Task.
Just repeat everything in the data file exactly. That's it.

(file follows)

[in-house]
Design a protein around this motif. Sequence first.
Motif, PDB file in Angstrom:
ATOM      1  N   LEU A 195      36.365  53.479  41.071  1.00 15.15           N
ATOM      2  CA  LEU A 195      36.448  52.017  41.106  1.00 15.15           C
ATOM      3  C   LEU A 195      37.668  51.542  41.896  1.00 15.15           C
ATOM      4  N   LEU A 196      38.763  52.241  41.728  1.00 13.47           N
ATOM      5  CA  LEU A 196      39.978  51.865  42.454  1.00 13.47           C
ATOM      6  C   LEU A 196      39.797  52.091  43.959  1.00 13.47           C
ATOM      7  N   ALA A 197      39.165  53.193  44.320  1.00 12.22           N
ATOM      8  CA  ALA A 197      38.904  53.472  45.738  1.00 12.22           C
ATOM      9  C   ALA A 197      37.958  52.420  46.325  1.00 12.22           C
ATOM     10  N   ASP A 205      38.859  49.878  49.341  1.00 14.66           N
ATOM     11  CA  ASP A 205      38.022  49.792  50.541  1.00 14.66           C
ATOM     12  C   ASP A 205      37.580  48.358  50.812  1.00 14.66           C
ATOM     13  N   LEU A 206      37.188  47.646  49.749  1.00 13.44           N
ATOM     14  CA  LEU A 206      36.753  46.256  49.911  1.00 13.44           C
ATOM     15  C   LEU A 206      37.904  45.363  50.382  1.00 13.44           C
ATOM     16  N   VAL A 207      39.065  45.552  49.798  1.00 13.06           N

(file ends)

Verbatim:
[in-house]
Design a protein around this motif. Sequence first.
Motif, PDB file in Angstrom:
ATOM      1  N   LEU A 195      36.365  53.479  41.071  1.00 15.15           N
ATOM      2  CA  LEU A 195      36.448  52.017  41.106  1.00 15.15           C
ATOM      3  C   LEU A 195      37.668  51.542  41.896  1.00 15.15           C
ATOM      4  N   LEU A 196      38.763  52.241  41.728  1.00 13.47           N
ATOM      5  CA  LEU A 196      39.978  51.865  42.454  1.00 13.47           C
ATOM      6  C   LEU A 196      39.797  52.091  43.959  1.00 13.47           C
ATOM      7  N   ALA A 197      39.165  53.193  44.320  1.00 12.22           N
ATOM      8  CA  ALA A 197      38.904  53.472  45.738  1.00 12.22           C
ATOM      9  C   ALA A 197      37.958  52.420  46.325  1.00 12.22           C
ATOM     10  N   ASP A 205      38.859  49.878  49.341  1.00 14.66           N
ATOM     11  CA  ASP A 205      38.022  49.792  50.541  1.00 14.66           C
ATOM     12  C   ASP A 205      37.580  48.358  50.812  1.00 14.66           C
ATOM     13  N   LEU A 206      37.188  47.646  49.749  1.00 13.44           N
ATOM     14  CA  LEU A 206      36.753  46.256  49.911  1.00 13.44           C
ATOM     15  C   LEU A 206      37.904  45.363  50.382  1.00 13.44           C
ATOM     16  N   VAL A 207      39.065  45.552  49.798  1.00 13.06           N